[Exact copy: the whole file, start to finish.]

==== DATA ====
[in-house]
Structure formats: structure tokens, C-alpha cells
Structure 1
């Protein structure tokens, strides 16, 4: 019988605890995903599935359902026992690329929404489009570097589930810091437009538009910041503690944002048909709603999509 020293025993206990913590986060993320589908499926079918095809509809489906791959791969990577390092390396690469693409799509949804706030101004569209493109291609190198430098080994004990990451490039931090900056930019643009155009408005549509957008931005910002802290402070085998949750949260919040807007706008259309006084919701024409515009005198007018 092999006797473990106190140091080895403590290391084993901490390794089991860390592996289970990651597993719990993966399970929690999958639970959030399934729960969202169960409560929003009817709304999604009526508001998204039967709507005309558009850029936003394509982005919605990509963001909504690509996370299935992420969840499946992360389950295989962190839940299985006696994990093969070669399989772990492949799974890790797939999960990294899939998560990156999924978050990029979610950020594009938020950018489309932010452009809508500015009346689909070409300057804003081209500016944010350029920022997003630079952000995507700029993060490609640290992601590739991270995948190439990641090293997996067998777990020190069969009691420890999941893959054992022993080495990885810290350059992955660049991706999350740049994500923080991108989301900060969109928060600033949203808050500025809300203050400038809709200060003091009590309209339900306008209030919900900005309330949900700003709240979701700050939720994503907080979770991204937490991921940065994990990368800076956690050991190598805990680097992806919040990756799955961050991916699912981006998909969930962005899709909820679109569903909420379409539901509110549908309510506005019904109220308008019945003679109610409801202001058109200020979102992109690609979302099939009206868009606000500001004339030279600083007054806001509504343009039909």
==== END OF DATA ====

[in-house]
Structure formats: structure tokens, C-alpha cells
Structure 1
């Protein structure tokens, strides 16, 4: 019988605890995903599935359902026992690329929404489009570097589930810091437009538009910041503690944002048909709603999509 020293025993206990913590986060993320589908499926079918095809509809489906791959791969990577390092390396690469693409799509949804706030101004569209493109291609190198430098080994004990990451490039931090900056930019643009155009408005549509957008931005910002802290402070085998949750949260919040807007706008259309006084919701024409515009005198007018 092999006797473990106190140091080895403590290391084993901490390794089991860390592996289970990651597993719990993966399970929690999958639970959030399934729960969202169960409560929003009817709304999604009526508001998204039967709507005309558009850029936003394509982005919605990509963001909504690509996370299935992420969840499946992360389950295989962190839940299985006696994990093969070669399989772990492949799974890790797939999960990294899939998560990156999924978050990029979610950020594009938020950018489309932010452009809508500015009346689909070409300057804003081209500016944010350029920022997003630079952000995507700029993060490609640290992601590739991270995948190439990641090293997996067998777990020190069969009691420890999941893959054992022993080495990885810290350059992955660049991706999350740049994500923080991108989301900060969109928060600033949203808050500025809300203050400038809709200060003091009590309209339900306008209030919900900005309330949900700003709240979701700050939720994503907080979770991204937490991921940065994990990368800076956690050991190598805990680097992806919040990756799955961050991916699912981006998909969930962005899709909820679109569903909420379409539901509110549908309510506005019904109220308008019945003679109610409801202001058109200020979102992109690609979302099939009206868009606000500001004339030279600083007054806001509504343009039909």